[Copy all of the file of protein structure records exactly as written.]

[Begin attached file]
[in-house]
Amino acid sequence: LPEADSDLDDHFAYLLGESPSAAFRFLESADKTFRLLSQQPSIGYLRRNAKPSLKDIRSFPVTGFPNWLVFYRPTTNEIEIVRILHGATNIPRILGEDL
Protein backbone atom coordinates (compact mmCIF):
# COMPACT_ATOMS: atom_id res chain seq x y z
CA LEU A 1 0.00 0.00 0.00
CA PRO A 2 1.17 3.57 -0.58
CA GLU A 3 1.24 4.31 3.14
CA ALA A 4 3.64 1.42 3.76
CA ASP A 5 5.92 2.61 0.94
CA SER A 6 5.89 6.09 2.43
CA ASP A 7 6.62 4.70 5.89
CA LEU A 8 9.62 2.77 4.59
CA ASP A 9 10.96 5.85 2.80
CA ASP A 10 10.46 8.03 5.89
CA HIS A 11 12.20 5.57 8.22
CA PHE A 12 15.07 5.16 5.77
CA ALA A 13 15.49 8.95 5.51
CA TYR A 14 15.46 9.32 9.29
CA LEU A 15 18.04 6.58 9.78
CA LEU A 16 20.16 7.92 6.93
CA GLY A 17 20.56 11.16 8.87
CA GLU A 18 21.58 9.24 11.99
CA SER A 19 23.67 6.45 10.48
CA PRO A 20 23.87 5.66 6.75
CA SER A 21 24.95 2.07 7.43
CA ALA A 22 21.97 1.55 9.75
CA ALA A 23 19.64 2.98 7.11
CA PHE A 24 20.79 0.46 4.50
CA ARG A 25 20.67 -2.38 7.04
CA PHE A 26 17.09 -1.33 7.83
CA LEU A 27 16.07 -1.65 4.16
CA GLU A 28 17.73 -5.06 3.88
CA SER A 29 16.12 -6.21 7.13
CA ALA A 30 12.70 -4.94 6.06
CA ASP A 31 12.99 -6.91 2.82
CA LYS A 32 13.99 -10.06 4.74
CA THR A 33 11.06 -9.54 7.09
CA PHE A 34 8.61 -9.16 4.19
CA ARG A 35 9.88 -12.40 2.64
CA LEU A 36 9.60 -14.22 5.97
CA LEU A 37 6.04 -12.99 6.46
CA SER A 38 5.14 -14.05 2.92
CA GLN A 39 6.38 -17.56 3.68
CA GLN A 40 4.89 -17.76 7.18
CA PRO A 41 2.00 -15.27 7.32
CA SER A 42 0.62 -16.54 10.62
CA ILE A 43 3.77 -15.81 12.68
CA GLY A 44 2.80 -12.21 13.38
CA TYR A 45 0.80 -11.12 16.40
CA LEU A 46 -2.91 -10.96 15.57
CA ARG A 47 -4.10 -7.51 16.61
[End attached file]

[in-house]
Amino acid sequence: LPEADSDLDDHFAYLLGESPSAAFRFLESADKTFRLLSQQPSIGYLRRNAKPSLKDIRSFPVTGFPNWLVFYRPTTNEIEIVRILHGATNIPRILGEDL
Protein backbone atom coordinates (compact mmCIF):
# COMPACT_ATOMS: atom_id res chain seq x y z
CA LEU A 1 0.00 0.00 0.00
CA PRO A 2 1.17 3.57 -0.58
CA GLU A 3 1.24 4.31 3.14
CA ALA A 4 3.64 1.42 3.76
CA ASP A 5 5.92 2.61 0.94
CA SER A 6 5.89 6.09 2.43
CA ASP A 7 6.62 4.70 5.89
CA LEU A 8 9.62 2.77 4.59
CA ASP A 9 10.96 5.85 2.80
CA ASP A 10 10.46 8.03 5.89
CA HIS A 11 12.20 5.57 8.22
CA PHE A 12 15.07 5.16 5.77
CA ALA A 13 15.49 8.95 5.51
CA TYR A 14 15.46 9.32 9.29
CA LEU A 15 18.04 6.58 9.78
CA LEU A 16 20.16 7.92 6.93
CA GLY A 17 20.56 11.16 8.87
CA GLU A 18 21.58 9.24 11.99
CA SER A 19 23.67 6.45 10.48
CA PRO A 20 23.87 5.66 6.75
CA SER A 21 24.95 2.07 7.43
CA ALA A 22 21.97 1.55 9.75
CA ALA A 23 19.64 2.98 7.11
CA PHE A 24 20.79 0.46 4.50
CA ARG A 25 20.67 -2.38 7.04
CA PHE A 26 17.09 -1.33 7.83
CA LEU A 27 16.07 -1.65 4.16
CA GLU A 28 17.73 -5.06 3.88
CA SER A 29 16.12 -6.21 7.13
CA ALA A 30 12.70 -4.94 6.06
CA ASP A 31 12.99 -6.91 2.82
CA LYS A 32 13.99 -10.06 4.74
CA THR A 33 11.06 -9.54 7.09
CA PHE A 34 8.61 -9.16 4.19
CA ARG A 35 9.88 -12.40 2.64
CA LEU A 36 9.60 -14.22 5.97
CA LEU A 37 6.04 -12.99 6.46
CA SER A 38 5.14 -14.05 2.92
CA GLN A 39 6.38 -17.56 3.68
CA GLN A 40 4.89 -17.76 7.18
CA PRO A 41 2.00 -15.27 7.32
CA SER A 42 0.62 -16.54 10.62
CA ILE A 43 3.77 -15.81 12.68
CA GLY A 44 2.80 -12.21 13.38
CA TYR A 45 0.80 -11.12 16.40
CA LEU A 46 -2.91 -10.96 15.57
CA ARG A 47 -4.10 -7.51 16.61